Art & Entertainment | Book Reviews | Education | Entertainment Video | Health | Lifestyle | Sport | Sport Video | Search


The Kiwi soldier who became an American GI

The strange story of the Second World War Kiwi soldier who became an American GI

Jack with US Army in Germany 1945

It is April 17, 1945 when Jack Elworthy walks free from German POW camp Stalag XIIID in Nuremberg.

He has been a prisoner for four years since being captured on Crete, one of 5,000 Allied soldiers left behind on the island after a hasty and bungled evacuation at the end of May 1941.

Unlike most POWs, who are desperate to get out of Germany and back home, 32-year-old Elworthy is thirsting for adventure. He’s missed most of the war – but there is still a chance he can see some action.

He and his fellow POWs have been liberated from the German POW camp by the 45th (Thunderbird) Division of the US 7th Army. The next evening some of the American soldiers invite him and a mate for a drink. ‘After a few bottles of schnapps, we were cordially invited to join them and help finish the war,’ Elworthy reveals in his engrossing book Greece Crete Stalag Dachau (Awa Press, $40).

The next day ‘nobody wants to remember their promises’ but Elworthy is not about to give up. After the battery commander turns him down, a top sergeant agrees to let him travel with the division for a few days if he keeps out of the commander’s sight.

The GIs rally around and cobble together a uniform for the New Zealander. ‘Within ten minutes I was indistinguishable from an American soldier – as long as my mouth stayed shut so my Kiwi accent wouldn’t give me away.’ For three months Elworthy stays with the Thunderbirds as they patrol devastated German cities, routing out the last pockets of resistance. On April 30 he enters Dachau concentration camp, which has been liberated the previous day. It is an experience he will never forget.

Back home, Jack Elworthy writes about his wartime experiences for his family. In 2012, twelve years after his death, his daughter Jo realises his story is a unique contribution to New Zealand’s wartime history and edits his manuscript for publication.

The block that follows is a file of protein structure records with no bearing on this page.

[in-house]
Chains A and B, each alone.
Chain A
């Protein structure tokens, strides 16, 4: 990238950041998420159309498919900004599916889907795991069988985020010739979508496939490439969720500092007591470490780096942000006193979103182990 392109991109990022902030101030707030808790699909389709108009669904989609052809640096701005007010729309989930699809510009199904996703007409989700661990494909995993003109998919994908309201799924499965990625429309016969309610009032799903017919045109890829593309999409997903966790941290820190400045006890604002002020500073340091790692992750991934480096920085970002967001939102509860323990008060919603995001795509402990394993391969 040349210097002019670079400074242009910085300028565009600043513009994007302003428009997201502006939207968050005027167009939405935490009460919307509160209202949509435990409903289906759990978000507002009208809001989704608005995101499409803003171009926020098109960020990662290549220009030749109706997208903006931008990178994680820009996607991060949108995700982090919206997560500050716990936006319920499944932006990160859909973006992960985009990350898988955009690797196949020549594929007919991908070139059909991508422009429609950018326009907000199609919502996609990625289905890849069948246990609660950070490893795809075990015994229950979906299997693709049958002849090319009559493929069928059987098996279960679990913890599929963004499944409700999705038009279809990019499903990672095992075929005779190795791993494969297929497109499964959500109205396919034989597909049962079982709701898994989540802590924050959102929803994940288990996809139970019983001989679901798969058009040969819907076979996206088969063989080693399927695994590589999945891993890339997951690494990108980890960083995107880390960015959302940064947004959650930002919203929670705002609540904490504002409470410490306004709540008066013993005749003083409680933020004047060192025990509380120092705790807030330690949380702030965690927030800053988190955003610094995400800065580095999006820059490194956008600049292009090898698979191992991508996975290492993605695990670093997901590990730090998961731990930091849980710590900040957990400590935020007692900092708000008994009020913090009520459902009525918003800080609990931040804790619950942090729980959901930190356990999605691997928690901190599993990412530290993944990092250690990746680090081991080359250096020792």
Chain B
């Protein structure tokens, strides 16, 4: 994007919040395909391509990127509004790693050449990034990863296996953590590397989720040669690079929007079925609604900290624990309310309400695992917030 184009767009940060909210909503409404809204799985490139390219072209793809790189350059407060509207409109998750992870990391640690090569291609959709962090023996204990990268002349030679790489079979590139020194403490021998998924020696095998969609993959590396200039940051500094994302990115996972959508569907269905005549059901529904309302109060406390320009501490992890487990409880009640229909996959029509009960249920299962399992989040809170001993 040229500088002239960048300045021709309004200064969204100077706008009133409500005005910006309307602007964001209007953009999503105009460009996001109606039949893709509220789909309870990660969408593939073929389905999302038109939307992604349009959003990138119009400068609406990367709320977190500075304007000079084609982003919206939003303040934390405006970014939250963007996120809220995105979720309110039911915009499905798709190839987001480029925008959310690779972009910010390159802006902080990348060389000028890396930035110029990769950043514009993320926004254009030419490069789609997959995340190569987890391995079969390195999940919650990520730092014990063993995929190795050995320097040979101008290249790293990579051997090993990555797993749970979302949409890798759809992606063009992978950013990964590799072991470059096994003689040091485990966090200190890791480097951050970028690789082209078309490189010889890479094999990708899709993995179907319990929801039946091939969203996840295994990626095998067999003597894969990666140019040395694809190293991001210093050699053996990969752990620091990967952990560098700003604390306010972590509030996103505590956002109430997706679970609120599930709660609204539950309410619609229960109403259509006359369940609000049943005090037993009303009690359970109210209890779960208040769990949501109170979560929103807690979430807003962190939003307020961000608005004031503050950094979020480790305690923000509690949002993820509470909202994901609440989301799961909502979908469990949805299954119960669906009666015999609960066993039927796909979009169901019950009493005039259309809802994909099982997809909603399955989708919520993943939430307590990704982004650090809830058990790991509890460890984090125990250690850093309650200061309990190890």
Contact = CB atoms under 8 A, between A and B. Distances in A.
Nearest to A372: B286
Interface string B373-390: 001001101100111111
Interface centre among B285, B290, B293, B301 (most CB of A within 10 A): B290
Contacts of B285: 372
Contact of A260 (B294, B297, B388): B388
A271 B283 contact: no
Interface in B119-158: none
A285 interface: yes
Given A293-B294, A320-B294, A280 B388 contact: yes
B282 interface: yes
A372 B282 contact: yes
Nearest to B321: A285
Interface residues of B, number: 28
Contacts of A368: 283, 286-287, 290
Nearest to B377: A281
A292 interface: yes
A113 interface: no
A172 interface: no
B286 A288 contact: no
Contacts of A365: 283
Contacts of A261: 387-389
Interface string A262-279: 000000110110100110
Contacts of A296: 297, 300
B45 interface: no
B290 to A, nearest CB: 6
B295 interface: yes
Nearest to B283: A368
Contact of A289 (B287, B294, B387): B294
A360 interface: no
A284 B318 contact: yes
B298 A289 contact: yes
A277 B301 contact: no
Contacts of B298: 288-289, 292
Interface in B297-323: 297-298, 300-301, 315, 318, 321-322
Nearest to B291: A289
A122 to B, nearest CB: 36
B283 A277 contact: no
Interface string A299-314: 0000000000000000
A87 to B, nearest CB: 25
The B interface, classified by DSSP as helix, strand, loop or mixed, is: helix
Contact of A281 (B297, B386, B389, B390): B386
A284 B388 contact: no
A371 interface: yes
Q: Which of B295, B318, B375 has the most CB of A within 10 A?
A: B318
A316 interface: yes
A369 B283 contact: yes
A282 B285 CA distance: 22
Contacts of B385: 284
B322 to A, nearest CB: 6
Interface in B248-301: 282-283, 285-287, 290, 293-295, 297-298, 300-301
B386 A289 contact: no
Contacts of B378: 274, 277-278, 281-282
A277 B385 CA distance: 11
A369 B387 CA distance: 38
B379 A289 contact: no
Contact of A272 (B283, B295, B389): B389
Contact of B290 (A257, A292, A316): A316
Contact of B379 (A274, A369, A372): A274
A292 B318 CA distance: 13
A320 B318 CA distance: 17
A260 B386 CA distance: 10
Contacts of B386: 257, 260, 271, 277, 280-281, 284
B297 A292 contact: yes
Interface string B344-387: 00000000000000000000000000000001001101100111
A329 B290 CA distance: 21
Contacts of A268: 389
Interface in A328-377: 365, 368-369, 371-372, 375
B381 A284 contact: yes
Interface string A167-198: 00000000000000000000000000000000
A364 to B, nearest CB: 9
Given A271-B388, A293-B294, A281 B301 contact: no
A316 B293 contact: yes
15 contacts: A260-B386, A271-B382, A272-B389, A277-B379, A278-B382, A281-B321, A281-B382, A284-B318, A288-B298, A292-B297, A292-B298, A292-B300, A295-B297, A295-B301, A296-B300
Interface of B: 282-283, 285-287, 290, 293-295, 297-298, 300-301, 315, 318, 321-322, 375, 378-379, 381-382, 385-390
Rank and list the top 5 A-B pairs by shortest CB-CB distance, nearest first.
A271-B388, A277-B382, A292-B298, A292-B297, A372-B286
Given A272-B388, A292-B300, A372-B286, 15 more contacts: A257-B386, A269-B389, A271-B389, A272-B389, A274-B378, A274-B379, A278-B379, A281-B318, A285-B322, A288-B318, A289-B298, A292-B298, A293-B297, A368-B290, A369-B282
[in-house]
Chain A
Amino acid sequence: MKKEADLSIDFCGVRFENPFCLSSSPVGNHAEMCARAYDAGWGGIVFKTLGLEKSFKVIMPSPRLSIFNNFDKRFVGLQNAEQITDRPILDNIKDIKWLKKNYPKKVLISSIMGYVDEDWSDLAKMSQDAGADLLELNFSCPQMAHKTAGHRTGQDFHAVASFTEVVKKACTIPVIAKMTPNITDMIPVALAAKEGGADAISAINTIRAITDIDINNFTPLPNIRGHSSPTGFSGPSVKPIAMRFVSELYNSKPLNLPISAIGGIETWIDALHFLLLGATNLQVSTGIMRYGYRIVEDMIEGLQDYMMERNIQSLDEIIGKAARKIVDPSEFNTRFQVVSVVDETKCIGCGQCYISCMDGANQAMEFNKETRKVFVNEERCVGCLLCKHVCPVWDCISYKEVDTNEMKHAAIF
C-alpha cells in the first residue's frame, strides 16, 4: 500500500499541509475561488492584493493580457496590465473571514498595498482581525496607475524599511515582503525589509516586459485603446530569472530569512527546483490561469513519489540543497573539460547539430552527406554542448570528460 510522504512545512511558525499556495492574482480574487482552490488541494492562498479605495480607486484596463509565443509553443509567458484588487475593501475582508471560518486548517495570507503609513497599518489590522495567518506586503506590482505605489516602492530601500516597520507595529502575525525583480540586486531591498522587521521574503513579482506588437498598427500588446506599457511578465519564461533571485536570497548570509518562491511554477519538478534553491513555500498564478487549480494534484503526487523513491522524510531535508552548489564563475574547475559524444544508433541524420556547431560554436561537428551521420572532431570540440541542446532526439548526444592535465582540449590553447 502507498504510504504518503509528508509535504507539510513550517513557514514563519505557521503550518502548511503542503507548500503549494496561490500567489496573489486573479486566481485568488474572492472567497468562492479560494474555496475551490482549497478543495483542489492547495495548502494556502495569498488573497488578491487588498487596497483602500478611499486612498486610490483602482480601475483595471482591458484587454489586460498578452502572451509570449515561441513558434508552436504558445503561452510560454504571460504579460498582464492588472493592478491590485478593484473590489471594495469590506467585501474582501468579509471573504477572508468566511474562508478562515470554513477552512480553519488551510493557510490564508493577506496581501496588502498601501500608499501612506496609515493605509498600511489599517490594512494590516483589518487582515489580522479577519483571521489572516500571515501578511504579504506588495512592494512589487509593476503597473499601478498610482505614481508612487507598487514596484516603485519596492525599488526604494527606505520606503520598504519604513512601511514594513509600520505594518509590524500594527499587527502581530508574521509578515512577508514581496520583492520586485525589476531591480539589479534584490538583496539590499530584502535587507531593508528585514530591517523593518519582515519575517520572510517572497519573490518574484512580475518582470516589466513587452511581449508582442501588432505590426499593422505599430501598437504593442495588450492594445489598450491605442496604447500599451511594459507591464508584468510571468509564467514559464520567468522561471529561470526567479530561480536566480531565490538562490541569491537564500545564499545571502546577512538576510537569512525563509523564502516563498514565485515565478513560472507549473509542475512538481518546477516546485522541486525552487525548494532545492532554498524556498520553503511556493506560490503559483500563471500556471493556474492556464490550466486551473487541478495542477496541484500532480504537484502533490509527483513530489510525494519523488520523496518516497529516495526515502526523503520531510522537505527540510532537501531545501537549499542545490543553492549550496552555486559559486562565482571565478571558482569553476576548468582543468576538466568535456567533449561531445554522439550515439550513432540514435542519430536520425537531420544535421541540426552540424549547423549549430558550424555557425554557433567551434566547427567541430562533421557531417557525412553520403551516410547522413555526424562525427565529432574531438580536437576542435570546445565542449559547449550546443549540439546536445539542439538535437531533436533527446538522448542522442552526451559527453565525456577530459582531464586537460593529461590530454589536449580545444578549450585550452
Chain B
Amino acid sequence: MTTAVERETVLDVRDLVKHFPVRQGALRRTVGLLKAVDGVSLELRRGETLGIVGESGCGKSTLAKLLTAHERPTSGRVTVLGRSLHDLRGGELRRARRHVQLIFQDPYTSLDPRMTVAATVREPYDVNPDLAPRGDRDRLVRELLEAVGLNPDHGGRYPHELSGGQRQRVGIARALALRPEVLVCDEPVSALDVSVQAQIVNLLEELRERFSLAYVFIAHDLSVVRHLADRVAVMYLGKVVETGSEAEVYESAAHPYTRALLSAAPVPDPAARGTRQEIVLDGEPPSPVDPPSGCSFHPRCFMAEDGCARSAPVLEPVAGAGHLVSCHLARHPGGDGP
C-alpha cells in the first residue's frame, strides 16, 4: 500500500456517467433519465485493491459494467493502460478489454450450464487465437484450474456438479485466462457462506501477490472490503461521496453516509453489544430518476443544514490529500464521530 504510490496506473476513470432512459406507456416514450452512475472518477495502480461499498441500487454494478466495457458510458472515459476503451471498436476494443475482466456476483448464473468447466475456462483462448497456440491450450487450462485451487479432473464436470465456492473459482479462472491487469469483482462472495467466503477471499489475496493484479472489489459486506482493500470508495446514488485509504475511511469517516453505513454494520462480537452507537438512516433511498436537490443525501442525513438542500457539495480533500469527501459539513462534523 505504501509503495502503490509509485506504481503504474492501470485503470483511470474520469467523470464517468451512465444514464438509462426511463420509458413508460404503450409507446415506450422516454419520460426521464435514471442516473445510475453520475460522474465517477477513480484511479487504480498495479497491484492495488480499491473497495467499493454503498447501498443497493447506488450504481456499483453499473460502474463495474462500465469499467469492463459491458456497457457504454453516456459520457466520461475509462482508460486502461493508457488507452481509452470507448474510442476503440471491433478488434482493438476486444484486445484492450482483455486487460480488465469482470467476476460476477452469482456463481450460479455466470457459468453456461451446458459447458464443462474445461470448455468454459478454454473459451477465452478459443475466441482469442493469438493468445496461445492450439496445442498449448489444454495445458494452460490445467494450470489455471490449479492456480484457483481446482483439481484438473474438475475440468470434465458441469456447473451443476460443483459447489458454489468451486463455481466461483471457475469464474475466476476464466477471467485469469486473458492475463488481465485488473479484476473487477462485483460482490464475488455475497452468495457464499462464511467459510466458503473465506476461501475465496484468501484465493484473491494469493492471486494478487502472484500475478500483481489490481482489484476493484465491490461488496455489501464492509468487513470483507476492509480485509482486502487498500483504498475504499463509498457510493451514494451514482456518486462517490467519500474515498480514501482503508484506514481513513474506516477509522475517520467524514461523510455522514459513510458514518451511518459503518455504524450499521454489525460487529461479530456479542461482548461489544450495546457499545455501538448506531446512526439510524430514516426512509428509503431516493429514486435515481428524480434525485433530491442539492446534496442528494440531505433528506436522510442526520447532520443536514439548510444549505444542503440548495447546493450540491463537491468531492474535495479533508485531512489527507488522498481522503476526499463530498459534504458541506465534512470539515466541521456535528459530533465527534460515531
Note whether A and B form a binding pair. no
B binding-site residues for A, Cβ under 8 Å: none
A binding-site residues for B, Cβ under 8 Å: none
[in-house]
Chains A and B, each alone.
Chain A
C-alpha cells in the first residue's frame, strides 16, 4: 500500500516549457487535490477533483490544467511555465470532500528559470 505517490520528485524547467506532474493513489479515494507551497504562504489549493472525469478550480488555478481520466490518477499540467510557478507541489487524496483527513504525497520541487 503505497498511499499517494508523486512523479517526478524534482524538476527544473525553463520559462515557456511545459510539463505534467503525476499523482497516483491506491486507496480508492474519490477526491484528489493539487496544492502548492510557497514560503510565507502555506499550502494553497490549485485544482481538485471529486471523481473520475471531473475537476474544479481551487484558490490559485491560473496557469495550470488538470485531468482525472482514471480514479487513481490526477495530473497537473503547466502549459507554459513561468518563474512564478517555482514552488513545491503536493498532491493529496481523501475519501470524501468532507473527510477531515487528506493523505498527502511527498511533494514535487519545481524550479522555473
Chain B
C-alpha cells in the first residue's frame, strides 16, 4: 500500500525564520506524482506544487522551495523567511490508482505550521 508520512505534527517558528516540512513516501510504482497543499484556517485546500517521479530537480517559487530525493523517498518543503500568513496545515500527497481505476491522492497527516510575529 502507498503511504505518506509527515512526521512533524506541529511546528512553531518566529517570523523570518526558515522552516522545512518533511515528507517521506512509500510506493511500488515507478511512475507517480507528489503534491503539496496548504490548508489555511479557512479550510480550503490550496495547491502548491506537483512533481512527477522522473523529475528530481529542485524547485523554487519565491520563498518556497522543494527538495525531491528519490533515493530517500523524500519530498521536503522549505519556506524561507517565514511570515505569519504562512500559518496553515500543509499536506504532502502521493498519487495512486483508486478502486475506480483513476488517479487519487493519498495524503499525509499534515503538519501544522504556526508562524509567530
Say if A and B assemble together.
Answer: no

Greece Crete Stalag Dachau: A New Zealand soldier’s encounters with Hitler’s army will be released on May 20, the 73rd anniversary of the Battle of Crete. For advance proofs, contact Harriet Prebble:;


© Scoop Media

Culture Headlines | Health Headlines | Education Headlines


Scoop Review Of Books: Worldly And Unworldly

"Being Magdalene" by Fleur Beale The situations shown in this youth novel are shocking, scary, and very moving as we experience Magdalene’s struggle to be a perfect girl as defined by the cruel and unreasonable leader of “The Children of the Faith”, as she moves reluctantly into young womanhood. More>>

Whistle Stop: Netball NZ To Implement New INF Rules

Netball New Zealand (NNZ) will implement the new Official Rules of Netball, as set down by the International Netball Federation (INF), from January 1, 2016. Key changes include the elimination of whistle following a goal, amendments to injury time and changes to setting a penalty. More>>


Scoop Review Of Books: Waiata Aroha

Vaughan Rapatahana on Chappy by Patricia Grace: With this eminently readable novel Patricia Grace returns to the full-length fiction stage after a hiatus of ten years. More>>

'Ithaca' At Q Theatre: Introducing NZ's World Class Cirque Troupe

NZ’s very own cirque troupe is set to become a household name with the premier of its adaptation of Homer’s Odyssey having secured a key season in Auckland. More>>

Music Awards: The Tuis Are Broody This Year

Topping off a sensationally eventful year both at home and internationally, Nelson born brother-sister duo Broods has taken home four Tuis from this year’s 50th annual Vodafone New Zealand Music Awards. More>>


Sport: Richie McCaw Retires From Rugby

Richie McCaw has today confirmed he is hanging up his boots and retiring from professional rugby. The 34-year-old All Blacks captain and most capped All Black of all time has drawn the curtain on his stunning international career which started in Dublin 14 years ago, almost to the day, and ended in London last month when he hoisted the Webb Ellis Cup aloft for the second time. More>>


John McBeth: On Jonah Lomu

For many New Zealanders, the enormity of Jonah Lomu's reputation will have come as a surprise... His deeds were watched and enthused over by movie stars and musicians, politicians and superstars from other codes. He reached into the lives and homes of millions and mixed with famous people most New Zealanders would only have read about. More>>


Get More From Scoop



Search Scoop  
Powered by Vodafone
NZ independent news